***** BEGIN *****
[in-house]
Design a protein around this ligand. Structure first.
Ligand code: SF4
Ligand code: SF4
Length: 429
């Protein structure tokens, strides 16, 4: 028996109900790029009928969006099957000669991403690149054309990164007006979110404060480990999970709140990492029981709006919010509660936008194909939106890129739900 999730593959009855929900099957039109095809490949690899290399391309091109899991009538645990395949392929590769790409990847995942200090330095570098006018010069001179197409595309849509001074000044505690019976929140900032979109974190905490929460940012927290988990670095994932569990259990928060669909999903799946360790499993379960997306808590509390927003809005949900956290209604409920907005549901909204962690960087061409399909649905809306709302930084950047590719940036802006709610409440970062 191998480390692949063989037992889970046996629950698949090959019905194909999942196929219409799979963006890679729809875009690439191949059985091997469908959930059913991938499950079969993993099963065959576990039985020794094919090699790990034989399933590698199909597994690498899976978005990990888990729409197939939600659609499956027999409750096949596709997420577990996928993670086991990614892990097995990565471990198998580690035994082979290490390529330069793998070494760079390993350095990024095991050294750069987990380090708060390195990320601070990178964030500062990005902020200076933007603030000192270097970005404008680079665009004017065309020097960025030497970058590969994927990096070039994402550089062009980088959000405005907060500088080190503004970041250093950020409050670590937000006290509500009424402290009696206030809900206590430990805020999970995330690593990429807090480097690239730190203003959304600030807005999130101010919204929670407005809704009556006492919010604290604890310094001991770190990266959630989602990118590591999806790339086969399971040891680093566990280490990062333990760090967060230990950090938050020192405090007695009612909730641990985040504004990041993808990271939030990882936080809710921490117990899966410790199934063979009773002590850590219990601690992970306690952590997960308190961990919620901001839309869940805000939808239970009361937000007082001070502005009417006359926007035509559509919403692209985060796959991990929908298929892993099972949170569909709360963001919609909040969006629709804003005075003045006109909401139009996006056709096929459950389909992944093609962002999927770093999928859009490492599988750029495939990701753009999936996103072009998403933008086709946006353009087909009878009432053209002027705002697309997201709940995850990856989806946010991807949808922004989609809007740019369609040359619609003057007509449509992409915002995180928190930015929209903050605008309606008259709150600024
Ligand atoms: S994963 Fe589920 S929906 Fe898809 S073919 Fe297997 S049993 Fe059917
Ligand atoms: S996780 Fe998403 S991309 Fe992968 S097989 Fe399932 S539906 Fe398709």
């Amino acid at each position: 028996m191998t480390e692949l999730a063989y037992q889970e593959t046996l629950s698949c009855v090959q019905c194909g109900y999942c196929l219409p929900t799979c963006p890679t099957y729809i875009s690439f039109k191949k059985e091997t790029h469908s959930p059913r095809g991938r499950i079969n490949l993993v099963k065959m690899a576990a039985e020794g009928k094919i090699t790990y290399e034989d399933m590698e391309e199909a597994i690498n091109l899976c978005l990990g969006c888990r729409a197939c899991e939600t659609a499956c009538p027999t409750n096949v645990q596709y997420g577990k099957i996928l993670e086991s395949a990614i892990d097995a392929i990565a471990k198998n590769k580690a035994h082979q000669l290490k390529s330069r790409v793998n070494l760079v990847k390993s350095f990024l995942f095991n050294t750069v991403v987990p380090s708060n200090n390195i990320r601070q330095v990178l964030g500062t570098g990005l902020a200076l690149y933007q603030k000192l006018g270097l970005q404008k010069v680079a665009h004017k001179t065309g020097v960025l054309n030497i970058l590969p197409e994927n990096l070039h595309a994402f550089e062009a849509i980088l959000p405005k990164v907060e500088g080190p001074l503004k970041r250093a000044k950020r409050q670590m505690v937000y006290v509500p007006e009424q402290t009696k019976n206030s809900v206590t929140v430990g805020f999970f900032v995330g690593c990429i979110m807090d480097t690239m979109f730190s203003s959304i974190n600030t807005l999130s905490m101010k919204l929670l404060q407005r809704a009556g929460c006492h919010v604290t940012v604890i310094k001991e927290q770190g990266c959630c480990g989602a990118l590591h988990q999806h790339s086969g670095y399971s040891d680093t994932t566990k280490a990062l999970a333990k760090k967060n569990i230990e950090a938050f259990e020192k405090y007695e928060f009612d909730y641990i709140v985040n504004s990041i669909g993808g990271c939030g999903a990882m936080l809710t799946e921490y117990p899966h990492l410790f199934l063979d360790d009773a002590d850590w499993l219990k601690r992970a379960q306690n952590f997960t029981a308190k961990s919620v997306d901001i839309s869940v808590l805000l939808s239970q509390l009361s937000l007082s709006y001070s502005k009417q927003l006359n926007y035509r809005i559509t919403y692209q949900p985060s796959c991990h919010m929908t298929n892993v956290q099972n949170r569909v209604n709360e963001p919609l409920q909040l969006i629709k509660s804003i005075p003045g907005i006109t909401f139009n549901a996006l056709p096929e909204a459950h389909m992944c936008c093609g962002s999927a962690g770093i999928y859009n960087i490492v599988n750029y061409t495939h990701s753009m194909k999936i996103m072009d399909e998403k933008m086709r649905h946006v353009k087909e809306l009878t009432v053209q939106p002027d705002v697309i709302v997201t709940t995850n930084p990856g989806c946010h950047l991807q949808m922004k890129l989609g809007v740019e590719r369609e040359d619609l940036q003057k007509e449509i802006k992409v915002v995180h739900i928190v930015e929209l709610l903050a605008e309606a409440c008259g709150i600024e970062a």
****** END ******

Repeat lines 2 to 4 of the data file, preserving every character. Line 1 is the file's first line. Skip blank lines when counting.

Design a protein around this ligand. Structure first.
Ligand code: SF4
Ligand code: SF4